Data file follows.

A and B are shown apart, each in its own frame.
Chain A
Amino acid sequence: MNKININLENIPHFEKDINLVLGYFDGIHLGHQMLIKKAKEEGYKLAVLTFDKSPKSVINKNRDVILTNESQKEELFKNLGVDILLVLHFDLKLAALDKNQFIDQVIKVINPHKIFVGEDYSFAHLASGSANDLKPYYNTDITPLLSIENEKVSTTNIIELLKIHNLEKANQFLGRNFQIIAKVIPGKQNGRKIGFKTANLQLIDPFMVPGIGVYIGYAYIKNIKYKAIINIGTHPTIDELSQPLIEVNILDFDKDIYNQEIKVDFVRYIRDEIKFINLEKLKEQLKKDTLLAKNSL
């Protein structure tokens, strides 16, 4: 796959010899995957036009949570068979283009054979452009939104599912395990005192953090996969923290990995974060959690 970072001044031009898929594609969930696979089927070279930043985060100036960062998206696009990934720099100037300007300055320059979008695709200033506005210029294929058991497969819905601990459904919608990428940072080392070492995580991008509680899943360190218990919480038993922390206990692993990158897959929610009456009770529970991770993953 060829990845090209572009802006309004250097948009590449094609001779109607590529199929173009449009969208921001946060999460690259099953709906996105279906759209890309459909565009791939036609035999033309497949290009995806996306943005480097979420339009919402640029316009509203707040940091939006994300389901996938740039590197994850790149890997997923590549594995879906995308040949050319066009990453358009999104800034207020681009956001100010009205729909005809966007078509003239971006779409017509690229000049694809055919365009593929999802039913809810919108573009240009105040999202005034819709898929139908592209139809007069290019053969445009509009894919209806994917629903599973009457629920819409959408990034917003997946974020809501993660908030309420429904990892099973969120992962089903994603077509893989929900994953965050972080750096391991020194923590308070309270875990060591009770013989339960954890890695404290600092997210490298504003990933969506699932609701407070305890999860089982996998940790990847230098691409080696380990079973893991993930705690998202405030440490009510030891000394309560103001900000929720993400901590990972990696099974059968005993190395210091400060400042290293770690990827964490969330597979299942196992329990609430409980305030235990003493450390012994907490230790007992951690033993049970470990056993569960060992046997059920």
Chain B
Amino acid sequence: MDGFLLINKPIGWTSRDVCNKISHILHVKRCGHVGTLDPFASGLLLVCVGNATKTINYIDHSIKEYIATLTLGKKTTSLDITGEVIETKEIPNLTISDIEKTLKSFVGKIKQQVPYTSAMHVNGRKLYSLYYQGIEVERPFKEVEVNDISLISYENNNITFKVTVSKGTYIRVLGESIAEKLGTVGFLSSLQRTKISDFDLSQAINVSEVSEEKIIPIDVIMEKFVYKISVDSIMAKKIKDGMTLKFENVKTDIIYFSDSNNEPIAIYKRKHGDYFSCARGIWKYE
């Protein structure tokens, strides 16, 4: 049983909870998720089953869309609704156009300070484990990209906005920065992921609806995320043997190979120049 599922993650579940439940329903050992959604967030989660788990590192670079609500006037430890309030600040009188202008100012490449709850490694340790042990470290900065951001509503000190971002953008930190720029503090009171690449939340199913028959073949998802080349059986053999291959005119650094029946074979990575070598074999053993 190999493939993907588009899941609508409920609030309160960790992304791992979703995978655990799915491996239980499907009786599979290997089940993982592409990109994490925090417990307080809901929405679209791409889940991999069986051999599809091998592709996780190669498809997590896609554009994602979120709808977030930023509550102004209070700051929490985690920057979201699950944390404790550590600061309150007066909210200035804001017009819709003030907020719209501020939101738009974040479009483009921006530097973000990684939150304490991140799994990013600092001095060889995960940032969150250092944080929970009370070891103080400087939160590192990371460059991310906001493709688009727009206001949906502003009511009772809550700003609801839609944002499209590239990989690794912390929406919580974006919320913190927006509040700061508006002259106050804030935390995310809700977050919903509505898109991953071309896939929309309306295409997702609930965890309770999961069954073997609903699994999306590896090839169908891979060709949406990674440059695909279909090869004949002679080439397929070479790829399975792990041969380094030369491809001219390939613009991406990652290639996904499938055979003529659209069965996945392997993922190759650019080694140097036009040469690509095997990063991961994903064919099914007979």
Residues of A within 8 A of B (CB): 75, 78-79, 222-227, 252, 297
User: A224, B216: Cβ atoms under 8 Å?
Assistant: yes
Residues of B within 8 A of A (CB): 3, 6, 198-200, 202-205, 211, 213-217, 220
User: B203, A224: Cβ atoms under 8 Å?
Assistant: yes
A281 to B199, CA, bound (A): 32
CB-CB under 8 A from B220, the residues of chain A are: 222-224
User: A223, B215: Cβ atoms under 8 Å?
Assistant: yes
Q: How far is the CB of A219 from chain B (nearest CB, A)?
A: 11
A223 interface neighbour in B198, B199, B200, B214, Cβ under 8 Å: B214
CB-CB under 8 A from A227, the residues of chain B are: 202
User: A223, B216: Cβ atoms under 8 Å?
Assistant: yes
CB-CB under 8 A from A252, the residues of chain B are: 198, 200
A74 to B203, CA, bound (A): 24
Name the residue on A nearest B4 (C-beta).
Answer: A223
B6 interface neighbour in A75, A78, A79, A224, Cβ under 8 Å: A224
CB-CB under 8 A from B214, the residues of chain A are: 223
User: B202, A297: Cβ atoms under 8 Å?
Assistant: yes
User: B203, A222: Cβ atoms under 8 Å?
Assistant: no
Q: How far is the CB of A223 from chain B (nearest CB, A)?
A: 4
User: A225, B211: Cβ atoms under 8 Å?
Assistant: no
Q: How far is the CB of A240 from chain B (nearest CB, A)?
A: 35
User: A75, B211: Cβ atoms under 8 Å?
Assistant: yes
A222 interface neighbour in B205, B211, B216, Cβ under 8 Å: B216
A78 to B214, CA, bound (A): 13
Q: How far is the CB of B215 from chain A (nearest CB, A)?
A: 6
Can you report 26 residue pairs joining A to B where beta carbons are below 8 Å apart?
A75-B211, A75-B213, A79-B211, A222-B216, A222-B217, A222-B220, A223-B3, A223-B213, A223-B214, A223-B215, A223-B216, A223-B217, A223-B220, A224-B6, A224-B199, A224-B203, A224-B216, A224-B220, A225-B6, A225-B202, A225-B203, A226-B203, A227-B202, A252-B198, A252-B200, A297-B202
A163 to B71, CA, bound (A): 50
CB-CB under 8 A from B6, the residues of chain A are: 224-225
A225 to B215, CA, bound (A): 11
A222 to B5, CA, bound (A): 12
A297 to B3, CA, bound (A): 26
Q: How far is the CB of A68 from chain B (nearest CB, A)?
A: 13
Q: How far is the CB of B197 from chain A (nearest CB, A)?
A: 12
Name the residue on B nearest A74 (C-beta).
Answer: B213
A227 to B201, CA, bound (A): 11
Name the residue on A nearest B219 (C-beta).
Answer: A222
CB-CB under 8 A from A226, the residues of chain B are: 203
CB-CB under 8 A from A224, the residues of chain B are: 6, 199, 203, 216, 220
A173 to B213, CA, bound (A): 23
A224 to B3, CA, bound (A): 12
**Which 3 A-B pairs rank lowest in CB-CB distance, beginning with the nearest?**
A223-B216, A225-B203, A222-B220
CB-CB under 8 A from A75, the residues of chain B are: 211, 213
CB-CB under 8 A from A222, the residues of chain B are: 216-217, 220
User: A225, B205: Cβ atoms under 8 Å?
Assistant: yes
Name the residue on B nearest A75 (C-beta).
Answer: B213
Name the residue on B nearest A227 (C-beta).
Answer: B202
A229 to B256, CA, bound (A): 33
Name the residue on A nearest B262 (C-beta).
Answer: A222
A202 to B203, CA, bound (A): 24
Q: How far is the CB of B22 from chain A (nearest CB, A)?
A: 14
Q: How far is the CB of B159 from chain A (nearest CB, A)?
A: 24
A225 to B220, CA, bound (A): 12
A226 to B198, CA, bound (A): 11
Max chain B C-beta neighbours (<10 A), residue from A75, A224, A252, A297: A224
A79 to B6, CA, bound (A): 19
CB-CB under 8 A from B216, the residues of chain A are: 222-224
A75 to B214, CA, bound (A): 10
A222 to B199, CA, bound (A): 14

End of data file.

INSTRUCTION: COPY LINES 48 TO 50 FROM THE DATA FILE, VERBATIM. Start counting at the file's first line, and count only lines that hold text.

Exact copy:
A163 to B71, CA, bound (A): 50
CB-CB under 8 A from B6, the residues of chain A are: 224-225
A225 to B215, CA, bound (A): 11